Team GB runs the C-2 table; France's Estanguet wins third gold
By Jamie McEwan
With a style both fluid and aggressive, Tony Estanguet of France won his third Olympic Gold in the C-1 class on Tuesday, pulling ahead of his longtime rival Michal Martikan, and bringing the most celebrated duel in slalom history to a close. It has been Estanguet, or Martikan, on top of the Olympic podium since 1996. Slovakia’s Martikan had to settle for an Olympic Bronze (his lowest Olympic placing ever), while 22-year-old Sideris Tasiadis of Germany won the silver, splitting the two veterans.
In the C-2 event the next day, the redoubtable Hochschorner brothers of Slovakia also had to settle for Bronze when they took a race-deciding penalty, while in the biggest surprise of the competition the British team of Tim Baillie and Etienne Stott held on for the Gold. Baillie/Stott did not even win the British Olympic trials this year; they were only included in the competition under a new rule that allowed countries a second C-2 entry if one entry was made up of competitors already selected in their respective singles events. That’s exactly what the number one British team, Florence and Hounslow, had accomplished in their trials that spring, so number two team Baillie/Stott also got the nod. What was more, Baillie and Stott were the last boat to qualify for the finals, only a second and a half from being eliminated. But they sped up four seconds in the final, and all challengers failed to meet the new mark. Hounslow and Florence placed a close second, making it a British one-two. And oh yes, the crowd went wild.
The results in the women’s kayak event, though less topsy-turvy than C-2, also held some surprises. The reigning World Champion Corinna Kuhnle of Austria inexplicably rushed an easy gate at the top of the course, a mistake that dropped her to eighth place. It was the hard-driving Emilie Fer of France who won the Gold; second place went to the equally hard-driving 18-year-old Australian, Jessica Fox. The more technical Maialen Chourraut of Spain was third. This was the tightest of the four Olympic slalom races, with all three women finishing within one second. It is worthy of note that the fourth-place finisher was the two-time Olympic champion Stepanka Hilgertova of the Czech Republic; at age 44, she was racing in her sixth Olympics. She has given little away.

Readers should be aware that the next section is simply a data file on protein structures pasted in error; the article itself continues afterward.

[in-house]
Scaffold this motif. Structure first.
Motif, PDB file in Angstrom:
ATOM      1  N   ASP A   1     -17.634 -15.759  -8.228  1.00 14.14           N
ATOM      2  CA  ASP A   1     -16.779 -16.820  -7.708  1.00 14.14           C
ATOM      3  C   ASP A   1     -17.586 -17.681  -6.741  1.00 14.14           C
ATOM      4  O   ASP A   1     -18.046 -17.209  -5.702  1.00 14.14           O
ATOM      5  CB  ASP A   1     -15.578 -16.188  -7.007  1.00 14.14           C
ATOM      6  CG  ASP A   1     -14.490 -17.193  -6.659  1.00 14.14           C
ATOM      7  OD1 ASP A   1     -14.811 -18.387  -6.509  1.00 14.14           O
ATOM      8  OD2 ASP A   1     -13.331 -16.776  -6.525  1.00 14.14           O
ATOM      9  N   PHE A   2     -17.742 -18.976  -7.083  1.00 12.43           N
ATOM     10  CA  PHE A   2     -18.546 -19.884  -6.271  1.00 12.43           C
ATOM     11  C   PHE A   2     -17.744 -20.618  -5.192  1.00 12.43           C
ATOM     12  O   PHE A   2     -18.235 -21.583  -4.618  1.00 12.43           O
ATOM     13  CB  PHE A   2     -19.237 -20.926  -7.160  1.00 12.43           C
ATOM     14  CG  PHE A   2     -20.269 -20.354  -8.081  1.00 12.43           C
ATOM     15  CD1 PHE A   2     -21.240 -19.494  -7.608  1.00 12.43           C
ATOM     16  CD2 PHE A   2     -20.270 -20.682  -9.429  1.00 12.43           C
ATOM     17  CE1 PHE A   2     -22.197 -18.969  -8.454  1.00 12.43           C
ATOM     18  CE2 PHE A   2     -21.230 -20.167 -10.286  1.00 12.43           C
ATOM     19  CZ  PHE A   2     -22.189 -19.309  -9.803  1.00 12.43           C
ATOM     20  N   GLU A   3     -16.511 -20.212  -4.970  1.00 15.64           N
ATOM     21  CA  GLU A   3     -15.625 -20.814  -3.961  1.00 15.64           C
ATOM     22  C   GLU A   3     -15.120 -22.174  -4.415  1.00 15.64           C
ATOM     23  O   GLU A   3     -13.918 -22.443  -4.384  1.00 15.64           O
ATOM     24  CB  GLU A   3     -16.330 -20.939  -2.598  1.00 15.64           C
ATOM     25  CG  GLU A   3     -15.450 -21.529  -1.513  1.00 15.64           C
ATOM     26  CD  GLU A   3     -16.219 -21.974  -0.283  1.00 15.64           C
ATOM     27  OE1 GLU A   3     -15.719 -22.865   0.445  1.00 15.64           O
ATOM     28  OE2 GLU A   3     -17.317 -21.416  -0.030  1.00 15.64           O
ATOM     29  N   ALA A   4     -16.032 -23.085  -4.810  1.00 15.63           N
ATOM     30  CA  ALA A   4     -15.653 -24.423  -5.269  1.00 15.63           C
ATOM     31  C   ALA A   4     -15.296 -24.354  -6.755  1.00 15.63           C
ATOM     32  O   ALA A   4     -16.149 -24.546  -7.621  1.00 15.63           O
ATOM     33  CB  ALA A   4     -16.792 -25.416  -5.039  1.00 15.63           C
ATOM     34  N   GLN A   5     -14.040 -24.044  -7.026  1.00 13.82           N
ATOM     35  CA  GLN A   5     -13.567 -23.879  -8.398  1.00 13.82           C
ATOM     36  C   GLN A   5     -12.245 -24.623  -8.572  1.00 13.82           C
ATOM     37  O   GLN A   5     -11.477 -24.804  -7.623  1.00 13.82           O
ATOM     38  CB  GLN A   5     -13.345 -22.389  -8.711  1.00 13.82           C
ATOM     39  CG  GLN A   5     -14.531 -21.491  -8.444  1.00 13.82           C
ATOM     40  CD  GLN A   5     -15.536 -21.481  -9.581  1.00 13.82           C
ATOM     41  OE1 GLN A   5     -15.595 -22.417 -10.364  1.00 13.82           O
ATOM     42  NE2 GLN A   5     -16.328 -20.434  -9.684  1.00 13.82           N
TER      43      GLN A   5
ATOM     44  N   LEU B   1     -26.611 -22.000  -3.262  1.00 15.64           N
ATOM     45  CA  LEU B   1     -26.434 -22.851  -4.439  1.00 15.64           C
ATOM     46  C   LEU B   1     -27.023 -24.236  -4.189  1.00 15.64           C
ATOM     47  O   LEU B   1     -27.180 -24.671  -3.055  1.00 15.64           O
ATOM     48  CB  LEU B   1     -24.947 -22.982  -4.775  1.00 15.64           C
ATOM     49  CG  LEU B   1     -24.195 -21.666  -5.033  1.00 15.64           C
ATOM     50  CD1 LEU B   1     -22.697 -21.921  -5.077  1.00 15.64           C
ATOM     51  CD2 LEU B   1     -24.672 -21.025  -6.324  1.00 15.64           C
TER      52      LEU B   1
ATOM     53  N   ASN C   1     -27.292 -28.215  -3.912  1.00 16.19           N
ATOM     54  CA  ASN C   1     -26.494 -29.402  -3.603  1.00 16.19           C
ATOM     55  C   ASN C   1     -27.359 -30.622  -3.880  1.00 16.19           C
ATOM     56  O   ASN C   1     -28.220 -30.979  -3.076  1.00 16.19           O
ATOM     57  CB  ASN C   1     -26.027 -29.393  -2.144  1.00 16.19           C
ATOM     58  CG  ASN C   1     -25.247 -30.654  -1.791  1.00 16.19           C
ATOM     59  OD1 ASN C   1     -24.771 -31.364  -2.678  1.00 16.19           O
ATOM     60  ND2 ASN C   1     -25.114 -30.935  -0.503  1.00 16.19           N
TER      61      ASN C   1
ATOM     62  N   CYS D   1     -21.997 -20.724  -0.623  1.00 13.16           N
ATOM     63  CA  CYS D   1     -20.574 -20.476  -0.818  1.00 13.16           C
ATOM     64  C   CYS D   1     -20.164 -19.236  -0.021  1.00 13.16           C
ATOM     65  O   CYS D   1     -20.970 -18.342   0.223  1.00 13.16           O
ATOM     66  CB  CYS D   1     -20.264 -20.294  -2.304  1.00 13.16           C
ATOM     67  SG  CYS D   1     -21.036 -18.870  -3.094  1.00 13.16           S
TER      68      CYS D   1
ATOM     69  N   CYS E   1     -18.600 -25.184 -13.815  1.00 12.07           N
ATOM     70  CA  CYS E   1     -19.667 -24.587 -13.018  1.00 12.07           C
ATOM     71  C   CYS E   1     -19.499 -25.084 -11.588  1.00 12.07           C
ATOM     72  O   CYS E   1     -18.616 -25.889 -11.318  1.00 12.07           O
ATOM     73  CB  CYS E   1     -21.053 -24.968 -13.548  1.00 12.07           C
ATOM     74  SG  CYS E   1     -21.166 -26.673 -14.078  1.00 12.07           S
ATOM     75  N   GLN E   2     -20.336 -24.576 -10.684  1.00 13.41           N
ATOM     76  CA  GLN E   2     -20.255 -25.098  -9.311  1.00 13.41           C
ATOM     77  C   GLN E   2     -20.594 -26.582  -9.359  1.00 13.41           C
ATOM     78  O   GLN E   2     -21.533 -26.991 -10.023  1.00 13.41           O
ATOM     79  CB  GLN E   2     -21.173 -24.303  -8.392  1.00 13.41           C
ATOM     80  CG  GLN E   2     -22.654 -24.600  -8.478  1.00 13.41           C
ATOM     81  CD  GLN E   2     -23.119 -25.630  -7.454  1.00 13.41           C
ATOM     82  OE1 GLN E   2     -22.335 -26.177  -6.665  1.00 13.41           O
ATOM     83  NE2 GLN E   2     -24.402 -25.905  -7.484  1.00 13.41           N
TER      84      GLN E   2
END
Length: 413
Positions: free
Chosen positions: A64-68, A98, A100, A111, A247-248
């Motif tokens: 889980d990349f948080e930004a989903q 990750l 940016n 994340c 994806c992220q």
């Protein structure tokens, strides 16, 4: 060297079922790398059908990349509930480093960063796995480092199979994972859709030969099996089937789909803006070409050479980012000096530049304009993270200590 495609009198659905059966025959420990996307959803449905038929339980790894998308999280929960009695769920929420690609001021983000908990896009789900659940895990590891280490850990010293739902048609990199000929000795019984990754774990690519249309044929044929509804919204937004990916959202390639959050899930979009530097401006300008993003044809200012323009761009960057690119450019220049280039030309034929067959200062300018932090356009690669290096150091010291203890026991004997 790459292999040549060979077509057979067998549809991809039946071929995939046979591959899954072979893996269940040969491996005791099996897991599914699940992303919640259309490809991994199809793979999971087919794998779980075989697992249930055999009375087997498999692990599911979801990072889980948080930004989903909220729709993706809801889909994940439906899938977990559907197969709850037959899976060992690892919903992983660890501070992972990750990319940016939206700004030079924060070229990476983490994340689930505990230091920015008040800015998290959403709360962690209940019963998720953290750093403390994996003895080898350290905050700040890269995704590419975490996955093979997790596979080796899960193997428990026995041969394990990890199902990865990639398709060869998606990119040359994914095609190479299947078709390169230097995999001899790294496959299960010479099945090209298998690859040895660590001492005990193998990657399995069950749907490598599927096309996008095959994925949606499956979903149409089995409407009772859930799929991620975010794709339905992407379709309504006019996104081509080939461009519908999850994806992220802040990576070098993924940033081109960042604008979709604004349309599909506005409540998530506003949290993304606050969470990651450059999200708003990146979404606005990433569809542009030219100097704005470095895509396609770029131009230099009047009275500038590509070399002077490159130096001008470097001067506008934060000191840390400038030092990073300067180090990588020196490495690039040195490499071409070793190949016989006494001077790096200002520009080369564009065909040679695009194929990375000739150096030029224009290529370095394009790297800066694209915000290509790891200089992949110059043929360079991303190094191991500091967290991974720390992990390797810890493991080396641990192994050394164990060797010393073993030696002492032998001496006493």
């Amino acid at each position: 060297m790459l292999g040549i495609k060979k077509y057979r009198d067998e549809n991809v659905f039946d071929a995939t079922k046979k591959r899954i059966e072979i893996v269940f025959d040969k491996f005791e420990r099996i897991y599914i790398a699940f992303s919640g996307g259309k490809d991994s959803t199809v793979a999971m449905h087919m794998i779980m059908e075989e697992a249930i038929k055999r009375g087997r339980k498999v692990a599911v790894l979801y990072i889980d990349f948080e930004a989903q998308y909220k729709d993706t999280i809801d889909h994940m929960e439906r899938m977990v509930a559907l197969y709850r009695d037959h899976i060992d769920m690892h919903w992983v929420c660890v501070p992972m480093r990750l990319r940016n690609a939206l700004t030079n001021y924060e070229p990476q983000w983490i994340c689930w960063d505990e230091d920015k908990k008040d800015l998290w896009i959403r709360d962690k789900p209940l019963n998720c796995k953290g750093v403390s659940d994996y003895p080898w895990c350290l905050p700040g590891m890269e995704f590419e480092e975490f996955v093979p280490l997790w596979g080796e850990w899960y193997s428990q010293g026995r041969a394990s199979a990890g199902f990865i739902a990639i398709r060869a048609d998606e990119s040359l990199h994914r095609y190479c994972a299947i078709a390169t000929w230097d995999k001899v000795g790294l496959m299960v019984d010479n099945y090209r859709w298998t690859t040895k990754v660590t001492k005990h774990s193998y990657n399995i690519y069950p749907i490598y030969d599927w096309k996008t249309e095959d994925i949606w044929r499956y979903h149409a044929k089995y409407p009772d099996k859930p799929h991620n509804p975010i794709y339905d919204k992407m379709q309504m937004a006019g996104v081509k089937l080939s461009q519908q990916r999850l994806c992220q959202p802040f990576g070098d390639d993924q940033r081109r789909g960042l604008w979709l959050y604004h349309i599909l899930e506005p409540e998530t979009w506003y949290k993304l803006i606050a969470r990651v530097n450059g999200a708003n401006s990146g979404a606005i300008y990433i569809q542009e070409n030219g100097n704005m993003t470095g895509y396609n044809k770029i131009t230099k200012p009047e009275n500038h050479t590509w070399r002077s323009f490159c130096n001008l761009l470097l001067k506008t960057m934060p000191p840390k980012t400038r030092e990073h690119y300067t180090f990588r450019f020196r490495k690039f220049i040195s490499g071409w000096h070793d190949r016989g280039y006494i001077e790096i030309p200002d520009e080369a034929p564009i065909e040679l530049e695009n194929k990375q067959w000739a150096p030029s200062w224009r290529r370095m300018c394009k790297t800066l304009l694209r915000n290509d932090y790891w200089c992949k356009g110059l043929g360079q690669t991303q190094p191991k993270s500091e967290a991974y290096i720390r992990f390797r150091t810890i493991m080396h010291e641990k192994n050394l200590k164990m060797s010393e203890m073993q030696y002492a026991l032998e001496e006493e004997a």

In the Men’s Kayak class, another reigning World Champion, Peter Kauzer of Slovenia, also fumbled an easy section at the top of the course, leaving his long-standing rival Daniele Molmenti of Italy to take the gold in an exciting, dynamic run. Paddling with a similarly all-out style, Hradilek of the Czech Republic placed second. (Hradilek had already proved a crowd-pleaser when he used a cross-bow in the heats.) Hannes Aigner of Germany, with more classic form, was a strong third. Although the men’s kayaks did not make the course look as easy as they usually do–there were some top boats failing to make a crucial surf mid-way–the top competitors blasted their way down full throttle.
While the semifinal and finals racing was going on over the last three days of competition, the US team was watching from bankside, having failed to qualify out of the heats on Sunday and Monday. America’s best hope for a medal, kayaker Scott Parsons, after a solid but not-quite-good-enough first run in the heats, was given a “head-duck” fifty-second penalty on his otherwise-improved second run, dropping him out of the competition. On her second heats run Caroline Queen entered gate twenty with time to spare, but turned too soon and had to loop for the next gate. Casey Eichfeld had a solid but slightly slow result that left him in fourteenth; the cut-off was twelfth. And the C-2 team of Jeff Larimer and Eric Hurd were were as fast as the qualifiers, but picked up a few too many small touches on their way down the course. All four entries could have gone on–but none did.
In the wake of the U.S. team’s disappointing results, the United States’ slalom program will come under a lot of criticism. The second-guessing has already begun. But the critics may be misconstruing the problem; the fact is that there is so little slalom activity in the US, it may be misleading to think of there being a program at all. There are simply a handful of athletes, competing as best they can.
Watch the full replay of Men’s C-1 semifinals and Gold Medal Finals
Watch the full replay of Men’s K-1 semis and Gold Medal Finals
Watch the full replay of Men’s C-2 and Women’s K-1 semis and Gold Medal Finals
(Links open to NBCOlympics.com and require a cable subscription to view)